Thursday, August 2, 2012

The Garden of Impending Doom

We have several gardens that we put together last fall and planted this spring.  Prior to our vacation in July, the gardens were producing beautifully on a daily basis.  At least as far as the cherry tomatoes go.  Those things were crazy prolific.  I'm talking three or four dozen tomatoes every day.  And they were awesome.  I don't know about you but I've never thought store bought tomatoes were all that great.  They're okay, but they're fairly nondescript.  But these things were downright spicy (comparatively speaking).  Long story short, Mister C was thrilled with his daily allotment of cherry tomatoes and I was eating them every time I walked through the kitchen (which is apparently a lot since my weight loss is at a standstill, but that's another story.) 

Anyway, other than the cherry tomatoes, the only other pre-vacation producers were the cantaloupe and watermelon plants and there were just a few of those.  The strawberries had been fairly choked out by the cantaloupe vines from hell by this point.  The red and green pepper plants were about three feet tall and had several small peppers on each plant.  The day before we left on vacation I had decided to pick the sole cucumber even thought I didn't think it was quite ripe.  My assumption being that since we were going to be gone for nine days it would go to waste if I didn't pick it.  It was actually pretty good, although fairly small.

Upon returning from vacation, the first thing I did was head to the garden to see what remained.  I gleaned several dozen cherry tomatoes, two cantaloupe and several watermelons.  The peppers weren't doing well at all, most of the fruit had rotted on the plant.  There were also several cucumbers.  Or at least what were supposed to be cucumbers. 

Instead of the cucumbers being a nice, dark green and of reasonable size, they were huge, yellow, slug-like things.  I'm not even kidding, I was looking at those things trying to figure out where their eyes were.  They were downright horrifying.  So I pulled them off the vine and brought them into the house for an autopsy.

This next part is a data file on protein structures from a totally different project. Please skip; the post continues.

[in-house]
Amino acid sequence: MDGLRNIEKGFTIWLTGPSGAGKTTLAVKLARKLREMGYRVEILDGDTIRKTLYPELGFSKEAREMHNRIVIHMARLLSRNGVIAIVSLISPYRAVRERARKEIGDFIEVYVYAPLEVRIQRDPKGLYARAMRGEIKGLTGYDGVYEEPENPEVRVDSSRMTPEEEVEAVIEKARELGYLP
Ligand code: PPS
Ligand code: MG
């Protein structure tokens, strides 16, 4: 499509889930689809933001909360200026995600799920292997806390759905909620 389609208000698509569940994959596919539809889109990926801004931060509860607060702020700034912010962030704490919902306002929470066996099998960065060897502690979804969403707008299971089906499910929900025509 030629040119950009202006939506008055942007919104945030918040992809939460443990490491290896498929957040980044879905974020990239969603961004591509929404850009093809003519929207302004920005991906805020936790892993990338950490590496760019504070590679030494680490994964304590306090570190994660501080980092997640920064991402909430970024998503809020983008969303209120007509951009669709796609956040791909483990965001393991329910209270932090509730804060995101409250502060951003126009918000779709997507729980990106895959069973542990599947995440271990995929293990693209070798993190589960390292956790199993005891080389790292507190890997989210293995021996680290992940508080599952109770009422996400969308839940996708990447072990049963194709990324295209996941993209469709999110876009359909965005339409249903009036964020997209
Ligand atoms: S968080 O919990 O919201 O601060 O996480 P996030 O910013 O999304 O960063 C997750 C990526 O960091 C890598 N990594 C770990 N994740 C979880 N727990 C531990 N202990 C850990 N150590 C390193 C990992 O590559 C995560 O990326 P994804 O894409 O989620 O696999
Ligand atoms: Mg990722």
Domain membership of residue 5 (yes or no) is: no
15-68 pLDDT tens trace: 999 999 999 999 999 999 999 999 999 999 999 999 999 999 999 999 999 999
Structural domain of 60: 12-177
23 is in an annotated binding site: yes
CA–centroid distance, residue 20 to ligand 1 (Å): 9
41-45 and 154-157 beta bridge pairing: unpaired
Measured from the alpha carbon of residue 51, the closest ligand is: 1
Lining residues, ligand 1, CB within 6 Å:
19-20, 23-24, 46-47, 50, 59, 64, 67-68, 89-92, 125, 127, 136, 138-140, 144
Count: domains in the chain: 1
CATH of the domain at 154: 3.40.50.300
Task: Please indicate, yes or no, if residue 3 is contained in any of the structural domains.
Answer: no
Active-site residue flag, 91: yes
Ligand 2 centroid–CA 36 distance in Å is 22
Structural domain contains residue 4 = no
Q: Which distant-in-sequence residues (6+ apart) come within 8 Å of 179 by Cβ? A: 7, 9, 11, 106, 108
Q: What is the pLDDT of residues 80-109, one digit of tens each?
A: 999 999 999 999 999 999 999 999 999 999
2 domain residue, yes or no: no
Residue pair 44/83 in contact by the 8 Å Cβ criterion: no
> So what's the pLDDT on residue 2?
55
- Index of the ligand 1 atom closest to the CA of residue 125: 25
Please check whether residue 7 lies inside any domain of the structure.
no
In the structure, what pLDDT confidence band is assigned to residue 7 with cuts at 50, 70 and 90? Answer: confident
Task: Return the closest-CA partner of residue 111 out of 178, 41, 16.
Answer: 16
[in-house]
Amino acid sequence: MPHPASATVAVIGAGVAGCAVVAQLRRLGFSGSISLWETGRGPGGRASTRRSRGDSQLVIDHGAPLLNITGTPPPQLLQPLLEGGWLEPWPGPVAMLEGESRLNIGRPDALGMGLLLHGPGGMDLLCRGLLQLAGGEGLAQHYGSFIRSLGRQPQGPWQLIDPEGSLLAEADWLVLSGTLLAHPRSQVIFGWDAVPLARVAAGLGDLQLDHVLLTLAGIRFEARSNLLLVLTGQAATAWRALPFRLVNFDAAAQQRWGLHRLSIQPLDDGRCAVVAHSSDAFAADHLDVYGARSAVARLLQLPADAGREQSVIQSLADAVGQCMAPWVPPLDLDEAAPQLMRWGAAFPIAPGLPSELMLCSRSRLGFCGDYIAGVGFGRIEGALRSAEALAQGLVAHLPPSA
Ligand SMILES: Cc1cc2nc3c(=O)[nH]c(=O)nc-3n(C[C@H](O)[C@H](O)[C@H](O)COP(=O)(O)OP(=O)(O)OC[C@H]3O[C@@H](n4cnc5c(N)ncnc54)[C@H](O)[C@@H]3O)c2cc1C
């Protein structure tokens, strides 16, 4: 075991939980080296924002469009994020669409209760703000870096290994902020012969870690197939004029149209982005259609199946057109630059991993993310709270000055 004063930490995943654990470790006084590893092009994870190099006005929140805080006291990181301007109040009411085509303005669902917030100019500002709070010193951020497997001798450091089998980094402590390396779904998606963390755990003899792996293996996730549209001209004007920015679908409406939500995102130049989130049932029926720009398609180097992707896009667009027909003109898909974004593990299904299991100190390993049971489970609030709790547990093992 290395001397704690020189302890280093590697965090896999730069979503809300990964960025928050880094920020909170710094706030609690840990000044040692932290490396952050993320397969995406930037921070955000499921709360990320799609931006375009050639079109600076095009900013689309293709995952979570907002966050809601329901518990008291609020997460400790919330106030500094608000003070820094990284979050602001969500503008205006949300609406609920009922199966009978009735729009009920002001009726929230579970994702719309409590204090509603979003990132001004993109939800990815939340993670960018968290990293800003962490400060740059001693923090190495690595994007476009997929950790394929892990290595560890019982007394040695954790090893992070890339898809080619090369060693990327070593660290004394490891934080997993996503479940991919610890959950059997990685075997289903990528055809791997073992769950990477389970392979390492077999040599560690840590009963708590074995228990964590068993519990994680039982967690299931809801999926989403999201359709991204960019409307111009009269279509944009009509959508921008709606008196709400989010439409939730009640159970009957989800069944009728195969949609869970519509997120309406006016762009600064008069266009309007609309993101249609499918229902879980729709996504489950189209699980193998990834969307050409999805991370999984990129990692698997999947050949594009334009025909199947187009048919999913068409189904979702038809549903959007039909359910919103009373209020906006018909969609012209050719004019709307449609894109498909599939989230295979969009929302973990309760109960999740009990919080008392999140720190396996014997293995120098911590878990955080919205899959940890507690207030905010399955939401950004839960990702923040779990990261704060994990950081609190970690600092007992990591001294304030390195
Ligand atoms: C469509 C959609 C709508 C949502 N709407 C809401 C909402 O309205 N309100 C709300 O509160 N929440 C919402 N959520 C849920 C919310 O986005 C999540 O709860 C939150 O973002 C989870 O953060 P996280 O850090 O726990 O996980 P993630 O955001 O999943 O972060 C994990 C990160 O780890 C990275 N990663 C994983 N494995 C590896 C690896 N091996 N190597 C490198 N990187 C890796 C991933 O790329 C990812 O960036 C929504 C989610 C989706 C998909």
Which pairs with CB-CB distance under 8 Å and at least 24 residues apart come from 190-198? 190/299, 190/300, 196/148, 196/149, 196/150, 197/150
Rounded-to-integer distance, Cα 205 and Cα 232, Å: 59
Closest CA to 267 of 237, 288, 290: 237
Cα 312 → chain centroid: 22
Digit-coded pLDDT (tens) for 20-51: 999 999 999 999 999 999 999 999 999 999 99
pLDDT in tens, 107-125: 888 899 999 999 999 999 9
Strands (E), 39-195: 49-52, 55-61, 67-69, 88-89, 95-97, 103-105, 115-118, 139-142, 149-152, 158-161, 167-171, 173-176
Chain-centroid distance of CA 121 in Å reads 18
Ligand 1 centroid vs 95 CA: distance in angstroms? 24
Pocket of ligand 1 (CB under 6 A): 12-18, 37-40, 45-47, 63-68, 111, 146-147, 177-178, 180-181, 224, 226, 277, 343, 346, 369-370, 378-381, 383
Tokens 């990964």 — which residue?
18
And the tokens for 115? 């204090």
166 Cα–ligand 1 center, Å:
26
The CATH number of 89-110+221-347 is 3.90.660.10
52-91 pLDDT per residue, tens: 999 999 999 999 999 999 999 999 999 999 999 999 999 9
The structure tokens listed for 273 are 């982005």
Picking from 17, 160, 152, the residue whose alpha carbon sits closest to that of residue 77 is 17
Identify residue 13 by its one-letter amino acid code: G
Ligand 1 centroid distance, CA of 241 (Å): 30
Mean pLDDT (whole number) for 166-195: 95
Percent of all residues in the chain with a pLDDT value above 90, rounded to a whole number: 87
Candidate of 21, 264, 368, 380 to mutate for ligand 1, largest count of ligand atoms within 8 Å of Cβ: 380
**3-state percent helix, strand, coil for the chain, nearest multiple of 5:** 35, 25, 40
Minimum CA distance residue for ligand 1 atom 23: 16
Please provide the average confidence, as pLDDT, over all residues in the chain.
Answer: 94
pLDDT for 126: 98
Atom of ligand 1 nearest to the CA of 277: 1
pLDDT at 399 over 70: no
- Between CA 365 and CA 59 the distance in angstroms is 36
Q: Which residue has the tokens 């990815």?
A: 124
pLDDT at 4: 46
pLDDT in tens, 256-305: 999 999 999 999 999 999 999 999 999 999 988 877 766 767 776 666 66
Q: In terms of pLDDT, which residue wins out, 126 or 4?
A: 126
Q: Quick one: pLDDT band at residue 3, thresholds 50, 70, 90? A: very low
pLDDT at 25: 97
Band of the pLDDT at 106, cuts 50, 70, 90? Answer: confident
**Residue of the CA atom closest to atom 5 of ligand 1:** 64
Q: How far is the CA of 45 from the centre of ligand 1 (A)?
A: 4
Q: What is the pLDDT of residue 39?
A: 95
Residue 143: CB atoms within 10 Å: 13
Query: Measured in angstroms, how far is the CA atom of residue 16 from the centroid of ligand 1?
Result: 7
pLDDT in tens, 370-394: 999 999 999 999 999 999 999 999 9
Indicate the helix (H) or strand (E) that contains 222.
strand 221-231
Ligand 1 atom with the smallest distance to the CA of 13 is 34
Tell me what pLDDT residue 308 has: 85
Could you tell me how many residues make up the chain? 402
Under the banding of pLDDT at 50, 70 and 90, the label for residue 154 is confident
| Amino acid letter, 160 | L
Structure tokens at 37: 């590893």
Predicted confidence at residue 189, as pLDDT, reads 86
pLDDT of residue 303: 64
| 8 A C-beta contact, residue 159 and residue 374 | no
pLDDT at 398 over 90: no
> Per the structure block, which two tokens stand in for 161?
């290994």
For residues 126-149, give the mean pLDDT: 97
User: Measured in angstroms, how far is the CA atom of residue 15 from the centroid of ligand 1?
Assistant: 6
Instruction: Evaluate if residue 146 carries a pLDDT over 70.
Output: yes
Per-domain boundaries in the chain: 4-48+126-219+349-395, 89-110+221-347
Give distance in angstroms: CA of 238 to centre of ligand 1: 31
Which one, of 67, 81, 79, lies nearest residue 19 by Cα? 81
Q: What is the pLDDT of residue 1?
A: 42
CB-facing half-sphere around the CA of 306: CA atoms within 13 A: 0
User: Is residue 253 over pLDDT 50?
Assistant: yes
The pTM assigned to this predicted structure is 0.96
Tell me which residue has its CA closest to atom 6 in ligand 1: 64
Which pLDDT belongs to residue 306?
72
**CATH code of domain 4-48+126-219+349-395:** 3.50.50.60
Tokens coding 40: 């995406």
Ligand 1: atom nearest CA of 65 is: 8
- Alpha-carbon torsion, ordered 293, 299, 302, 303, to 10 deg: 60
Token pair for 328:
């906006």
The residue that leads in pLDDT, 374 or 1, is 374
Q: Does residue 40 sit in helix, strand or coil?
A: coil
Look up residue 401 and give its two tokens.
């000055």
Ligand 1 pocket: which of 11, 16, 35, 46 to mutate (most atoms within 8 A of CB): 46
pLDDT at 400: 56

I've been watching a lot of "Dr. G, Medical Examiner" on the Discovery channel and I'm pretty sure I know what I'm doing here.  So I take my alien cucumber and I make the classic Y incision in it' anticipation of figuring out what went wrong with the little bastard.  Instead of nice, firm, cucumber flesh, I have mushville (it's a word.)  An "off" scent came rolling off the deceased (I can only assume the cucumber was using some sort of illegal fertilizer) almost knocking me off my feet.  And then my beautiful Y incision kind of collapsed on itself due to the mush factor.  I'll be honest, I didn't see a need to continue the autopsy at this point since the end result was that this particular vegetable was uneatable (and that actually is a word.)  So, into the compost it went.

We've now been home for just over three weeks.  I've pulled a few more cantaloupes and watermelons off the vines and they've been awesome.  Nothing else seems to be producing right now (no berries, no grapes.)  The cantaloupe plants current have a half dozen more melons getting ripe which is great, although their vines have gotten much more aggressive.  Several of the vines are aiming for the air conditioner (it has been consistently over 100 degrees lately) and one pioneering vine has made it's way over to steal nutrients from my orange tree.  But that's not all...

This morning I went out to see if anything was available and after picking another dozen cherry tomatoes, I thought I would check to see if any new cucumbers have shown up.  They have...

Thank goodness we have them caged!


Anonymous said...

Well this blog was well worth waiting for:-) Only you can have a cucumber that is "special," just like a few pets in your household...I think I would leave that scary looking cuke where it is and maybe it will scare off the marching ants. Lol!